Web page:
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bidirectional counter

Bidirectional Counters

As well as counting “up” from zero and increasing or incrementing to some preset value, it is sometimes necessary to count “down” from a predetermined value to zero allowing us to produce an output that activates when the zero count or some other pre-set value is reached.

This type of counter is normally referred to as a Down Counter, (CTD). In a binary or BCD down counter, the count decreases by one for each external clock pulse from some preset value. Special dual purpose IC’s such as the TTL 74LS193 or CMOS CD4510 are 4-bit binary Up or Down counters which have an additional input pin to select either the up or down count mode.

4-bit Count Down Counter

count down bidirectional counter

 

In the 4-bit counter above the output of each flip-flop changes state on the falling edge (1-to-0 transition) of the CLK input which is triggered by the Q output of the previous flip-flop, rather than by the Q output as in the up counter configuration. As a result, each flip-flop will change state when the previous one changes from 0 to 1 at its output, instead of changing from 1 to 0.

Bidirectional Counter

Both Synchronous and Asynchronous counters are capable of counting “Up” or counting “Down”, but their is another more “Universal” type of counter that can count in both directions either Up or Down depending on the state of their input control pin and these are known as Bidirectional Counters.

Bidirectional counters, also known as Up/Down counters, are capable of counting in either direction through any given count sequence and they can be reversed at any point within their count sequence by using an additional control input as shown below.

Synchronous 3-bit Up/Down Counter

bidirectional up down counter

 

The circuit above is of a simple 3-bit Up/Down synchronous counter using JK flip-flops configured to operate as toggle or T-type flip-flops giving a maximum count of zero (000) to seven (111) and back to zero again. Then the 3-Bit counter advances upward in sequence (0,1,2,3,4,5,6,7) or downwards in reverse sequence (7,6,5,4,3,2,1,0).

Generally most bidirectional counter chips can be made to change their count direction either up or down at any point within their counting sequence. This is achieved by using an additional input pin which determines the direction of the count, either Up or Down and the timing diagram gives an example of the counters operation as this Up/Down input changes state.

Nowadays, both up and down counters are incorporated into single IC that is fully programmable to count in both an “Up” and a “Down” direction from any preset value producing a complete Bidirectional Counter chip. Common chips available are the 74HC190 4-bit BCD decade Up/Down counter, the 74F569 is a fully synchronous Up/Down binary counter and the CMOS 4029 4-bit Synchronous Up/Down counter.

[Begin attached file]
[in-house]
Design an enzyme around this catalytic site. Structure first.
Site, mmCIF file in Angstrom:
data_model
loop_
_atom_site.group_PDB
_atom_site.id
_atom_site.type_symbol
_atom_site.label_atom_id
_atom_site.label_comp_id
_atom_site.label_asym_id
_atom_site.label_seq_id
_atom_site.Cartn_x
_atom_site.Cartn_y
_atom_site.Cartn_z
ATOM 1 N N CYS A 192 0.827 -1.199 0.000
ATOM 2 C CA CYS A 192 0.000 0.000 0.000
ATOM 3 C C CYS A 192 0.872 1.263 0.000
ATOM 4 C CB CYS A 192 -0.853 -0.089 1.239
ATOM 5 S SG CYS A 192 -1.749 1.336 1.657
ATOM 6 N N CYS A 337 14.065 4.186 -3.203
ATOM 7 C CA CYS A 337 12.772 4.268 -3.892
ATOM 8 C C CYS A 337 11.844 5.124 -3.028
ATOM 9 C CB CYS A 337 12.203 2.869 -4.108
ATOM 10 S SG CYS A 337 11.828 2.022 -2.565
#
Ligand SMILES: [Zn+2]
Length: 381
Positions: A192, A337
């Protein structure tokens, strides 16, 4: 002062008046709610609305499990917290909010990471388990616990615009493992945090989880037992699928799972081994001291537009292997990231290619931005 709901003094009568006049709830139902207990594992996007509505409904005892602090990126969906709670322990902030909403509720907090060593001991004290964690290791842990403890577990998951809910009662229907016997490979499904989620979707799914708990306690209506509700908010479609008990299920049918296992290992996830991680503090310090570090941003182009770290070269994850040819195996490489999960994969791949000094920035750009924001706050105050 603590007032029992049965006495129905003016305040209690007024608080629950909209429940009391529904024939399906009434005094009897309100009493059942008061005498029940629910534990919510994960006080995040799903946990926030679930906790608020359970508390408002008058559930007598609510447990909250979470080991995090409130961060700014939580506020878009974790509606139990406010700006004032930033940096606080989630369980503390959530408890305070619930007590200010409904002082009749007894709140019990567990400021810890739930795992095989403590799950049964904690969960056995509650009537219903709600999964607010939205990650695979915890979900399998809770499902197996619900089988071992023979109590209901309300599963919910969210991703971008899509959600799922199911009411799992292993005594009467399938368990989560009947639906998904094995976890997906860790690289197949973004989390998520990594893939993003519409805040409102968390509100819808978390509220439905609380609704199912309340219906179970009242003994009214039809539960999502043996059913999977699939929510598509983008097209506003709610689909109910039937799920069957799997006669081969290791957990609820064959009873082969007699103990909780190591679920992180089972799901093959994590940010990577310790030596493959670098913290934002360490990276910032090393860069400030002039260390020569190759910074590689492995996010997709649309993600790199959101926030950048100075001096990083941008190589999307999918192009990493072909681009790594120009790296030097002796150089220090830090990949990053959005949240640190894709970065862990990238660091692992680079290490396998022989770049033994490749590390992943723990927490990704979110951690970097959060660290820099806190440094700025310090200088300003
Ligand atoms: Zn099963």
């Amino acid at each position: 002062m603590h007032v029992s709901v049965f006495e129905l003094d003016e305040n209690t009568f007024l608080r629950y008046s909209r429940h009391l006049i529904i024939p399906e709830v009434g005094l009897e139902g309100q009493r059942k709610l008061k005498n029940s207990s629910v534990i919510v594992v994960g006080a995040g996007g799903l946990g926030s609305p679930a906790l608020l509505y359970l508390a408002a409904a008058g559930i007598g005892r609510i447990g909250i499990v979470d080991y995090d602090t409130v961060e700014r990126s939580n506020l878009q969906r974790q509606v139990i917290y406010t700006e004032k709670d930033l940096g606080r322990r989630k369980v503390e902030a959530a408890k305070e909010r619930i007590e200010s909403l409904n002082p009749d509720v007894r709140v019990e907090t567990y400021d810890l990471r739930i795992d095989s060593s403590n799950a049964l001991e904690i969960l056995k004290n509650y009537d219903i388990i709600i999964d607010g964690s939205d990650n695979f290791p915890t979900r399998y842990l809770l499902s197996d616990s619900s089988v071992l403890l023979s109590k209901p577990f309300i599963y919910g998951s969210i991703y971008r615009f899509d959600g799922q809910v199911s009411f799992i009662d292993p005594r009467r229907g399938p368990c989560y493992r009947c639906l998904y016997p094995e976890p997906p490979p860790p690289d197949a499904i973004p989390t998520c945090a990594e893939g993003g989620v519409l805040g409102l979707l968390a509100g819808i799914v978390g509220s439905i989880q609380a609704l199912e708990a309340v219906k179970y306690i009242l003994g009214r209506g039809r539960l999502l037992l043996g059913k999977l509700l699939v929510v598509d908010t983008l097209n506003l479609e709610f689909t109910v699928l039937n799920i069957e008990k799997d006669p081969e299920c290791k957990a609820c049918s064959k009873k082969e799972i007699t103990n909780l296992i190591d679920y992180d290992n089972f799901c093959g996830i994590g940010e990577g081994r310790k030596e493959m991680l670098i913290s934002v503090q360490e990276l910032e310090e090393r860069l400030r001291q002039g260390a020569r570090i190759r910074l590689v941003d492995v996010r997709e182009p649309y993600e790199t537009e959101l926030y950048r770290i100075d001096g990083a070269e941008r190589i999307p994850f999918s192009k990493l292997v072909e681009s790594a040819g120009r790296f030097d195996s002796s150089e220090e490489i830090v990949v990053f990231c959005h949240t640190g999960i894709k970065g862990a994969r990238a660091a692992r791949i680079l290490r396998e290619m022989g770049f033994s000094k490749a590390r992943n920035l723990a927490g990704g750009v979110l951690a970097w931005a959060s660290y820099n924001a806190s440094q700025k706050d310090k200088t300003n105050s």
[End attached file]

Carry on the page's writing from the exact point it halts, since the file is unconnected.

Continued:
20 Comments

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  • M
    Munnasingh

    What is programmable up/down counter

  • N
    Navjyot

    Use a refreanvce books???

  • O
    Obii

    I need hep on how to implement a hex up counter using d flip flop

  • P
    Pavan

    Can Anybody explain me in the timing diagram when the UP/Down signal is made Logic low for the second time, why is it still performing up count? After 001 it is incrementing to 010, 011 so on. But it should start decrementing when the UP/Down signal is asserted low.

  • B
    Boyan

    Do you know how to modify the schematic to make it 22 to 0

  • k
    karthika

    I need full information about 4 bit up down counter circuit diagram, truth table, explanation

  • S
    Simon Sadler

    Simon in Spain here.Anyone have a very simple up down counter for 7 of 5mm leds .poss with zero reset.N/O switches up down and reset.Thanks.

  • d
    deutsch1329

    I don’t really understand how the an up-down counter could be made using a fourbit sequence of D-flip flops. I’ve figured the switch for ‘clear’ or ‘reset’, however a toggle switch connected from the clock output isn’t doing anything. Does anyone know how I would created this up-down switch? I’ve tried using 04s (NOT gates). But they don’t seem to work either.

  • o
    olive

    Couldn’t you use T-Flip-Flops?

  • Unknown

    Well to be honest the explanation is very good and it is easy for slow learners as well.
    I would like to appreciate this work and encourage to do more such good work to hepl people in studying kepp this good work up!

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